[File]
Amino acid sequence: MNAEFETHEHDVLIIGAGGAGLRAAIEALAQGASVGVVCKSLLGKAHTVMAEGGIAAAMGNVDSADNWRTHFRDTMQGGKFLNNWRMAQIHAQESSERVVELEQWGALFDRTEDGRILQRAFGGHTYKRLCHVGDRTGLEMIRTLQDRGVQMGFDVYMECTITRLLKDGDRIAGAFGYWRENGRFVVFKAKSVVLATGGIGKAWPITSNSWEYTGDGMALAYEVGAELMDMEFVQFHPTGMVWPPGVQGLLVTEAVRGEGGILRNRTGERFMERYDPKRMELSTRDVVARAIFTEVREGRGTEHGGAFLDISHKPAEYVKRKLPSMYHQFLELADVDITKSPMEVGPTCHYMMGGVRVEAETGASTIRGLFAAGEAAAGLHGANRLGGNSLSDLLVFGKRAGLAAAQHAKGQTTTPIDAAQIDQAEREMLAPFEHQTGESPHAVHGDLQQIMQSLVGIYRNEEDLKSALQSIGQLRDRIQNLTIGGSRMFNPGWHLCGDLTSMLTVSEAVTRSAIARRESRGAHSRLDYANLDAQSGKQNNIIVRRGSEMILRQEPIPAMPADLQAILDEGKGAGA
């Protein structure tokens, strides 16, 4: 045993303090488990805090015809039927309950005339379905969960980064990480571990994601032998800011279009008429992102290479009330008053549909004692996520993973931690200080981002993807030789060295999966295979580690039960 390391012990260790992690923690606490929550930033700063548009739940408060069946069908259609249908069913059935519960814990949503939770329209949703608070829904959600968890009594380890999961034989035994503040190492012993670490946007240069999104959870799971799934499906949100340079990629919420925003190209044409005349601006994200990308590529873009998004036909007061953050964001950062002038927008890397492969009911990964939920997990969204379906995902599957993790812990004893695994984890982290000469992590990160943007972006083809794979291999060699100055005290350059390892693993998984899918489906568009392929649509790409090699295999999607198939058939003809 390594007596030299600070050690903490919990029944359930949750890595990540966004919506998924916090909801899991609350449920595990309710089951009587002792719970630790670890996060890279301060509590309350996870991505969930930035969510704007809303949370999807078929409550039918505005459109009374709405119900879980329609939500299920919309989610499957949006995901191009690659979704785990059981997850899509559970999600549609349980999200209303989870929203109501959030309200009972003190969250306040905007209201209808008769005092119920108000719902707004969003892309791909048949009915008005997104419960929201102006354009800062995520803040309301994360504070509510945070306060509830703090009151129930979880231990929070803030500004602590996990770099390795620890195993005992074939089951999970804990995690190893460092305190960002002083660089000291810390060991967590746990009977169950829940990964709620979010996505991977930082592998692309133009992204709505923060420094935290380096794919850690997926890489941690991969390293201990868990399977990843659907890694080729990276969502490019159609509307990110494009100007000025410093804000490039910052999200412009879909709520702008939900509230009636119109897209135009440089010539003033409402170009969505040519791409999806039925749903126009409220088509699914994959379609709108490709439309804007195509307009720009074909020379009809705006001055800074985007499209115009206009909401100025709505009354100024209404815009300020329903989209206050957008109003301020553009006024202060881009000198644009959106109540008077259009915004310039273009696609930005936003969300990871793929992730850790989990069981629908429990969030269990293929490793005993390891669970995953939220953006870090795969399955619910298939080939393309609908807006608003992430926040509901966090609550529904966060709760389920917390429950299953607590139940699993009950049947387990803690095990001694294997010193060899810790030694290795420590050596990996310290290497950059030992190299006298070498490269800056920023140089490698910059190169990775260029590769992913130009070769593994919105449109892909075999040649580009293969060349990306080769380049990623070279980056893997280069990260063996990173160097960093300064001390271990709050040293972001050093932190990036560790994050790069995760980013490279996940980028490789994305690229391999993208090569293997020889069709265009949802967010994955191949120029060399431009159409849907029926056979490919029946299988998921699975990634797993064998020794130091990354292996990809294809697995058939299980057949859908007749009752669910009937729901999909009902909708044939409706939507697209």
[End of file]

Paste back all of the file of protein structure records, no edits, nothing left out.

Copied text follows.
Amino acid sequence: MNAEFETHEHDVLIIGAGGAGLRAAIEALAQGASVGVVCKSLLGKAHTVMAEGGIAAAMGNVDSADNWRTHFRDTMQGGKFLNNWRMAQIHAQESSERVVELEQWGALFDRTEDGRILQRAFGGHTYKRLCHVGDRTGLEMIRTLQDRGVQMGFDVYMECTITRLLKDGDRIAGAFGYWRENGRFVVFKAKSVVLATGGIGKAWPITSNSWEYTGDGMALAYEVGAELMDMEFVQFHPTGMVWPPGVQGLLVTEAVRGEGGILRNRTGERFMERYDPKRMELSTRDVVARAIFTEVREGRGTEHGGAFLDISHKPAEYVKRKLPSMYHQFLELADVDITKSPMEVGPTCHYMMGGVRVEAETGASTIRGLFAAGEAAAGLHGANRLGGNSLSDLLVFGKRAGLAAAQHAKGQTTTPIDAAQIDQAEREMLAPFEHQTGESPHAVHGDLQQIMQSLVGIYRNEEDLKSALQSIGQLRDRIQNLTIGGSRMFNPGWHLCGDLTSMLTVSEAVTRSAIARRESRGAHSRLDYANLDAQSGKQNNIIVRRGSEMILRQEPIPAMPADLQAILDEGKGAGA
């Protein structure tokens, strides 16, 4: 045993303090488990805090015809039927309950005339379905969960980064990480571990994601032998800011279009008429992102290479009330008053549909004692996520993973931690200080981002993807030789060295999966295979580690039960 390391012990260790992690923690606490929550930033700063548009739940408060069946069908259609249908069913059935519960814990949503939770329209949703608070829904959600968890009594380890999961034989035994503040190492012993670490946007240069999104959870799971799934499906949100340079990629919420925003190209044409005349601006994200990308590529873009998004036909007061953050964001950062002038927008890397492969009911990964939920997990969204379906995902599957993790812990004893695994984890982290000469992590990160943007972006083809794979291999060699100055005290350059390892693993998984899918489906568009392929649509790409090699295999999607198939058939003809 390594007596030299600070050690903490919990029944359930949750890595990540966004919506998924916090909801899991609350449920595990309710089951009587002792719970630790670890996060890279301060509590309350996870991505969930930035969510704007809303949370999807078929409550039918505005459109009374709405119900879980329609939500299920919309989610499957949006995901191009690659979704785990059981997850899509559970999600549609349980999200209303989870929203109501959030309200009972003190969250306040905007209201209808008769005092119920108000719902707004969003892309791909048949009915008005997104419960929201102006354009800062995520803040309301994360504070509510945070306060509830703090009151129930979880231990929070803030500004602590996990770099390795620890195993005992074939089951999970804990995690190893460092305190960002002083660089000291810390060991967590746990009977169950829940990964709620979010996505991977930082592998692309133009992204709505923060420094935290380096794919850690997926890489941690991969390293201990868990399977990843659907890694080729990276969502490019159609509307990110494009100007000025410093804000490039910052999200412009879909709520702008939900509230009636119109897209135009440089010539003033409402170009969505040519791409999806039925749903126009409220088509699914994959379609709108490709439309804007195509307009720009074909020379009809705006001055800074985007499209115009206009909401100025709505009354100024209404815009300020329903989209206050957008109003301020553009006024202060881009000198644009959106109540008077259009915004310039273009696609930005936003969300990871793929992730850790989990069981629908429990969030269990293929490793005993390891669970995953939220953006870090795969399955619910298939080939393309609908807006608003992430926040509901966090609550529904966060709760389920917390429950299953607590139940699993009950049947387990803690095990001694294997010193060899810790030694290795420590050596990996310290290497950059030992190299006298070498490269800056920023140089490698910059190169990775260029590769992913130009070769593994919105449109892909075999040649580009293969060349990306080769380049990623070279980056893997280069990260063996990173160097960093300064001390271990709050040293972001050093932190990036560790994050790069995760980013490279996940980028490789994305690229391999993208090569293997020889069709265009949802967010994955191949120029060399431009159409849907029926056979490919029946299988998921699975990634797993064998020794130091990354292996990809294809697995058939299980057949859908007749009752669910009937729901999909009902909708044939409706939507697209």